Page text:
in everyone"
      3: a software program capable of reproducing itself and usually
         capable of causing great harm to files or other programs on
         the same computer; "a true virus cannot spread to another
         computer without human assistance" [syn: virus, computer
         virus]

From Moby Thesaurus II by Grady Ward, 1.0 :

  120 Moby Thesaurus words for "virus":
     acaricide, adenovirus, aerial infection, aerobe, aerobic bacteria,
     aerobic organism, airborne infection, amoeba, anaerobe,
     anaerobic bacteria, anaerobic organism, anthelmintic, antibiotic,
     antiseptic, autotrophic organism, bacillus, bacteria, bacterium,
     bane, being, bug, bug bomb, carbamate insecticide, carrier,
     chemosterilant, chlorinated hydrocarbon insecticide, coccus,
     communicability, contact poison, contagion, contagiousness,
     contamination, corruption, creature, cryptogenic infection,
     defoliant, direct infection, disease-producing microorganism,
     disinfectant, droplet infection, dust infection, echovirus,
     enterovirus, epidemiology, eradicant, filterable virus, fumigant,
     fungicide, fungus, genetic individual, germ, germicide,
     gram-negative bacteria, gram-positive bacteria, hand infection,
     herbicide, heterotrophic organism, indirect infection, individual,
     infection, infectiousness, insect powder, insecticide,
     living being, living thing, microbe, microbicide, microorganism,
     miticide, mold, morphological individual, nonfilterable virus, ont,
     organic being, organic chlorine, organic phosphate insecticide,
     organism, organization, pathogen, pesticide,
     physiological individual, phytogenic infection, picornavirus,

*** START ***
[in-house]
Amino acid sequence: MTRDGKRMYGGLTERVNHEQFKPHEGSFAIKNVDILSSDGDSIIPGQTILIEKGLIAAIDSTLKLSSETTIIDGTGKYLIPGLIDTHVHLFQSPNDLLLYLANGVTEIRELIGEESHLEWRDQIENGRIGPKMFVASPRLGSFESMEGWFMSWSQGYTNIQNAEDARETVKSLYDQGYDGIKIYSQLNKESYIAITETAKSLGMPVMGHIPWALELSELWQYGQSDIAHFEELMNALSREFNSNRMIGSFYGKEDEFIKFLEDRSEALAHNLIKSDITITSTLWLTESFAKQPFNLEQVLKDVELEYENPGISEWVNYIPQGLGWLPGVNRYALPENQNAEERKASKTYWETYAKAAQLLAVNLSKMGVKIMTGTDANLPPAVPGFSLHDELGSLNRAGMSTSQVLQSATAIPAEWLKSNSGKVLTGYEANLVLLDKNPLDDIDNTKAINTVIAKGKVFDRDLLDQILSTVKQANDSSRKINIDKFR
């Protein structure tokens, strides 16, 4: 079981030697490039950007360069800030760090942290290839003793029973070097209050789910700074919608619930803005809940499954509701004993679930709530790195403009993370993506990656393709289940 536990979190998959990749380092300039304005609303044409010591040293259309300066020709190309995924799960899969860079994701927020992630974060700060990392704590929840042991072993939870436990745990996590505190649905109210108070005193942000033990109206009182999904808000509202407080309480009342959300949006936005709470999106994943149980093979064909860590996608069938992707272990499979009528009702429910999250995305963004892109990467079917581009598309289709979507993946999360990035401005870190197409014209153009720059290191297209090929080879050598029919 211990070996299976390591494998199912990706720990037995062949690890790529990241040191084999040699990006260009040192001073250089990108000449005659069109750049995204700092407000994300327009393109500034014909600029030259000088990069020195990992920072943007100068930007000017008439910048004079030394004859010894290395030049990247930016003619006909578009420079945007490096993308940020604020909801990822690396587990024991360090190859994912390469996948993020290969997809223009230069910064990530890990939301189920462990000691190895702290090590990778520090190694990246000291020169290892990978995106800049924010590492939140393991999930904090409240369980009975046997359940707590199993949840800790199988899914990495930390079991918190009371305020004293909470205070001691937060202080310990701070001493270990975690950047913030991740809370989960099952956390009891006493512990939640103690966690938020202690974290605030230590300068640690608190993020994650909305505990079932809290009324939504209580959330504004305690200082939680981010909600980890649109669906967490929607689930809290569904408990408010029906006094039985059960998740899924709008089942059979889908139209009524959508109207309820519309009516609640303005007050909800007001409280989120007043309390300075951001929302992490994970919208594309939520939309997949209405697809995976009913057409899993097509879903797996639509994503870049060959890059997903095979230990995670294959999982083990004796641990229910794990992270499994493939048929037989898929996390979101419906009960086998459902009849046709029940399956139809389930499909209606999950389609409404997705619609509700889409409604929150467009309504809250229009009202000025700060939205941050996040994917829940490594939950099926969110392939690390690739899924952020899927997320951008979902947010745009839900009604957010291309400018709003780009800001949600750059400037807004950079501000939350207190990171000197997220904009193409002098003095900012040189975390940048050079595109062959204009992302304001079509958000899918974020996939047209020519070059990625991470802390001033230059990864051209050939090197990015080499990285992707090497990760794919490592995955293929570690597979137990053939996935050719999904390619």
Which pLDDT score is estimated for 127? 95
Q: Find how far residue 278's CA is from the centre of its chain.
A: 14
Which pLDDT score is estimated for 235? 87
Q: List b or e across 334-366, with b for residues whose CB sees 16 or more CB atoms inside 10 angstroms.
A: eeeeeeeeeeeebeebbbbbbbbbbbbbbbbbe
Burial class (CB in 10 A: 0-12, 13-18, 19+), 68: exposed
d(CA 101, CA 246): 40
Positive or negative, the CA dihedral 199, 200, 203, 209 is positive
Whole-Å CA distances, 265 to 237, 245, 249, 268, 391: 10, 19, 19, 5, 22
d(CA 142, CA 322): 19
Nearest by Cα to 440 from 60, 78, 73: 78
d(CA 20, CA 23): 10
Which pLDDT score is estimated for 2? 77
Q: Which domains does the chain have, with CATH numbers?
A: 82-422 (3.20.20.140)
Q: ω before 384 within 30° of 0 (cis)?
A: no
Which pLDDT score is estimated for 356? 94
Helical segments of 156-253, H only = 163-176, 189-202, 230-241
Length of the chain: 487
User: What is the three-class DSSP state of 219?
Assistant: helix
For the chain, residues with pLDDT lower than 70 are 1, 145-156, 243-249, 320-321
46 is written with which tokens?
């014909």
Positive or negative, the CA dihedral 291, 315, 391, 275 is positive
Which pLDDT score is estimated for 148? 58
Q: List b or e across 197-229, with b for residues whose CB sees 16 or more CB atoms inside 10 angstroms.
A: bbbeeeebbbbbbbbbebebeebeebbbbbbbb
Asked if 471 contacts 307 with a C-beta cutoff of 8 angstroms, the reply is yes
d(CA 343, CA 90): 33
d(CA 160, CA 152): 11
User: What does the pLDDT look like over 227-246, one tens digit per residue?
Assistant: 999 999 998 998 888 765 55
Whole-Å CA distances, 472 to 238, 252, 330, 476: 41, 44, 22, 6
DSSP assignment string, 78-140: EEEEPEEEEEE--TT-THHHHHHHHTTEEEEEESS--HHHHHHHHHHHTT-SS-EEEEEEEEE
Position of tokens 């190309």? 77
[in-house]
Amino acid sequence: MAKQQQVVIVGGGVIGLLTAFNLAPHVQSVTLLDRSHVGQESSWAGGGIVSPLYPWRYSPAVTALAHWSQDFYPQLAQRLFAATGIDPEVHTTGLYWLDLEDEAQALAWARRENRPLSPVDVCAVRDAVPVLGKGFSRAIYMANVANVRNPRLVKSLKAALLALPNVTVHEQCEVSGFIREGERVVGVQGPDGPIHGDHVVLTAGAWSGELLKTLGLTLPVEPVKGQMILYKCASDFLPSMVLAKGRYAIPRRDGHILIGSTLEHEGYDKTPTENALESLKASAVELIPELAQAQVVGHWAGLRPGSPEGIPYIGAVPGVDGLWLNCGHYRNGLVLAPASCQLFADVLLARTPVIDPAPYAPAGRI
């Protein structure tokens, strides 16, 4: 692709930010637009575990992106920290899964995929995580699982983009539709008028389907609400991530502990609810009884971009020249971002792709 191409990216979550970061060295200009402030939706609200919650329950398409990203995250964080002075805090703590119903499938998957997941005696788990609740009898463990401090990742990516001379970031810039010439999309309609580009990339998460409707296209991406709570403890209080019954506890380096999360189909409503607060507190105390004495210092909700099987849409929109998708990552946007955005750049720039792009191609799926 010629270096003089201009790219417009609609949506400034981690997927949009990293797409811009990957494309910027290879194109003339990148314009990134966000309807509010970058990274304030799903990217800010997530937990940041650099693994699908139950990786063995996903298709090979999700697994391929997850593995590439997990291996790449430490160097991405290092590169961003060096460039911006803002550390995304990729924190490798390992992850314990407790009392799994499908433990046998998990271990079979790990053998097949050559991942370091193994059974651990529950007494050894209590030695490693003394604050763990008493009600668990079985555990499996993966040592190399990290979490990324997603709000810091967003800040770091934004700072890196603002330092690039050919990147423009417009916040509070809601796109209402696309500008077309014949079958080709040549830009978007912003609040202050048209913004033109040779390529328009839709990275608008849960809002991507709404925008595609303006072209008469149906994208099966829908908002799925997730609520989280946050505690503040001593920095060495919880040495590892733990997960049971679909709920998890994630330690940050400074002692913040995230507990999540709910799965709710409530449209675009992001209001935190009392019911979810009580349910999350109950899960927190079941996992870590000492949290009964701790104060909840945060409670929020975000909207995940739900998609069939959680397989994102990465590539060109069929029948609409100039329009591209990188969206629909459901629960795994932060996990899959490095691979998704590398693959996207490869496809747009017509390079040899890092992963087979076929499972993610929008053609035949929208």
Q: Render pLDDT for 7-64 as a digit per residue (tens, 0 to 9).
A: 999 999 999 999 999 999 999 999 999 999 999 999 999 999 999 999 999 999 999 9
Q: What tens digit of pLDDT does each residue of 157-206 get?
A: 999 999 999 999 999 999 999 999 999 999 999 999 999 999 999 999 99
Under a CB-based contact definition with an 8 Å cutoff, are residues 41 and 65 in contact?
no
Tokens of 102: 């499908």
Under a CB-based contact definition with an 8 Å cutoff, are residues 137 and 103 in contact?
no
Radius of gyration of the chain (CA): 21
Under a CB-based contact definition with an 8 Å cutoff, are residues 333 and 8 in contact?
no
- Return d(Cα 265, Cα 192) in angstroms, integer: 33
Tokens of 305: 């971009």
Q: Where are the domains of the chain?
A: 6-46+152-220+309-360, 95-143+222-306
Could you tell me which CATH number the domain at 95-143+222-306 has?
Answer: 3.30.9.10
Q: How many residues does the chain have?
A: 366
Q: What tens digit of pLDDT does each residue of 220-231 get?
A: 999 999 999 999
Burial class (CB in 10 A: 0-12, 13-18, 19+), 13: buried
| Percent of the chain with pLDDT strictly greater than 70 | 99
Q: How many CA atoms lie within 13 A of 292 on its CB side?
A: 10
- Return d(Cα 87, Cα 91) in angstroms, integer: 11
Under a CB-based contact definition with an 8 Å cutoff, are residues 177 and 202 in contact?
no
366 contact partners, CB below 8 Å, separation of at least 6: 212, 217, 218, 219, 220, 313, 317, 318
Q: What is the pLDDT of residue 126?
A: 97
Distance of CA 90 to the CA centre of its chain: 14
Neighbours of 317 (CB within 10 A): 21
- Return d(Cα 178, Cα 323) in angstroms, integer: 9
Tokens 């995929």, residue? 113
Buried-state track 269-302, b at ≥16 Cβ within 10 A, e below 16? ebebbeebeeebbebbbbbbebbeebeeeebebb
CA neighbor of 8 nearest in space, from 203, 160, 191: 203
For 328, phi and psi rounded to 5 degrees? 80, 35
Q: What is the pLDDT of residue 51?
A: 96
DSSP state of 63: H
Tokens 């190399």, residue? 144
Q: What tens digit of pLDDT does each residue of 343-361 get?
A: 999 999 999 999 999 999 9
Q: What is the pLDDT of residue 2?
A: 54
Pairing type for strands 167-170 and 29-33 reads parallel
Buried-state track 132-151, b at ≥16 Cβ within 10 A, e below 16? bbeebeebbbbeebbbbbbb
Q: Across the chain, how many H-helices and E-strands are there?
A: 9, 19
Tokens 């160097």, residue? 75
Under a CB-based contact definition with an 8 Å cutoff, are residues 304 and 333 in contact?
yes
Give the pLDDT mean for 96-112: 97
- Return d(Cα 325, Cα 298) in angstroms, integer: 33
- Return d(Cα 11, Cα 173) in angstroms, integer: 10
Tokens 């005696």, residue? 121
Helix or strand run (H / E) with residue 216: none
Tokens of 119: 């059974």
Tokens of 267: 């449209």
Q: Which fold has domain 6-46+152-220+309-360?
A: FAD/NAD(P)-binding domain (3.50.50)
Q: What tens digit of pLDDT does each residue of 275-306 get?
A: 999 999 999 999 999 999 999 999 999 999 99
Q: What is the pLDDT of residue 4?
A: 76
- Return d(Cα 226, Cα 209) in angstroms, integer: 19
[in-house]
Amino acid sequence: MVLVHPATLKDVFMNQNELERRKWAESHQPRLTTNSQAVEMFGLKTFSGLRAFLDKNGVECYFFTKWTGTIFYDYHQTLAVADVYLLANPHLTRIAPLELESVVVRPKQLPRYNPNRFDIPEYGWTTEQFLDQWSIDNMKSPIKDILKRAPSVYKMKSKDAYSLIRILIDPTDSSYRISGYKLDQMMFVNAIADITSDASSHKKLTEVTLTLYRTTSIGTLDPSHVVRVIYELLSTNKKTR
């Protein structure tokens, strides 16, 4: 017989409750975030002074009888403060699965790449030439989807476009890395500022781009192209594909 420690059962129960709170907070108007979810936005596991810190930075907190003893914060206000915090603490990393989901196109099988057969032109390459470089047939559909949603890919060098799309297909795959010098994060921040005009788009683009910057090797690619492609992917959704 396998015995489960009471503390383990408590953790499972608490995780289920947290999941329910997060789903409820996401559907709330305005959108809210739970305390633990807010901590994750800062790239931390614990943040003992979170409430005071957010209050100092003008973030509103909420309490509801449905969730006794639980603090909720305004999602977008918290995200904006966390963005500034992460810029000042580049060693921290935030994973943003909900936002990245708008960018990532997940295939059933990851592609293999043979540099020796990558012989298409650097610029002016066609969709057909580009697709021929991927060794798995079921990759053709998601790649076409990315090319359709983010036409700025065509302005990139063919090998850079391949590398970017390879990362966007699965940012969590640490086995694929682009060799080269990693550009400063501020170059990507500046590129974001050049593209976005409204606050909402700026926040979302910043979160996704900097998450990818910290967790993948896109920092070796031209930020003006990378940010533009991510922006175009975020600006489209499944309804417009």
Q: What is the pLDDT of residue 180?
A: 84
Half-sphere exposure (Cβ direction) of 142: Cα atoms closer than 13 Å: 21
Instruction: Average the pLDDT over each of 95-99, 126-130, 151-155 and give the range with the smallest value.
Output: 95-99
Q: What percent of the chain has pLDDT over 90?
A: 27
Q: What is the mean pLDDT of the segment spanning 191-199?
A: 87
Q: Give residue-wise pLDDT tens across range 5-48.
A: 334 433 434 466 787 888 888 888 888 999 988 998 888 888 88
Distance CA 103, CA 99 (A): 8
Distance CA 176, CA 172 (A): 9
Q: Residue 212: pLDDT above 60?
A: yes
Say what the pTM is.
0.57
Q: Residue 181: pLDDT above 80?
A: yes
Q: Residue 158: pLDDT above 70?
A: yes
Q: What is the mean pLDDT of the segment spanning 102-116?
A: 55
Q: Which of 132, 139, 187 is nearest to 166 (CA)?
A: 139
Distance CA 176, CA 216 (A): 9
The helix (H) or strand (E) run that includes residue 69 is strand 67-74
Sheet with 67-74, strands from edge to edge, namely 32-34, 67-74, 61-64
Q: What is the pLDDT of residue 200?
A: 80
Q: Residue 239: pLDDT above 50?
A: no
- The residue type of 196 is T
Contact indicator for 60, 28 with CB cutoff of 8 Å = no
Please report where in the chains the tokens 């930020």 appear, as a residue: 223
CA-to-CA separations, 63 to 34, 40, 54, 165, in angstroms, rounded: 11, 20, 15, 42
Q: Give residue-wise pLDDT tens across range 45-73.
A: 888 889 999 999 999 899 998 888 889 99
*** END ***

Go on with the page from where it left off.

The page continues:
poison, primary infection, protozoa, protozoon, pyogenic infection,
     rat poison, reovirus, rhinovirus, rickettsia, roach paste,
     roach powder, rodenticide, secondary infection, spirillum,
     spirochete, spore, staphylococcus, stomach poison, streptococcus,
     subclinical infection, systemic, systemic insecticide, taint,
     toxic, toxicant, toxin, trypanosome, vector, venin, venom,
     vermicide, vibrio, waterborne infection, weed killer,
     zoogenic infection, zooid, zoon
  
  

From The Jargon File (version 4.4.7, 29 Dec 2003) :

  virus
   n.
  
      [from the obvious analogy with biological viruses, via SF] A cracker
      program that searches out other programs and ?infects? them by embedding a
      copy of itself in them, so that they become Trojan horses. When these
      programs are executed, the embedded virus is executed too, thus propagating
      the ?infection?. This normally happens invisibly to the user. Unlike a {
      worm, a virus cannot infect other computers without assistance. It is
      propagated by vectors such as humans trading programs with their friends
      (see SEX). The virus may do nothing but propagate itself and then allow
      the program to run normally. Usually, however, after propagating silently
      for a while, it starts doing things like writing cute messages on the
      terminal or playing strange tricks with the display (some viruses include
      nice display hacks). Many nasty viruses, written by particularly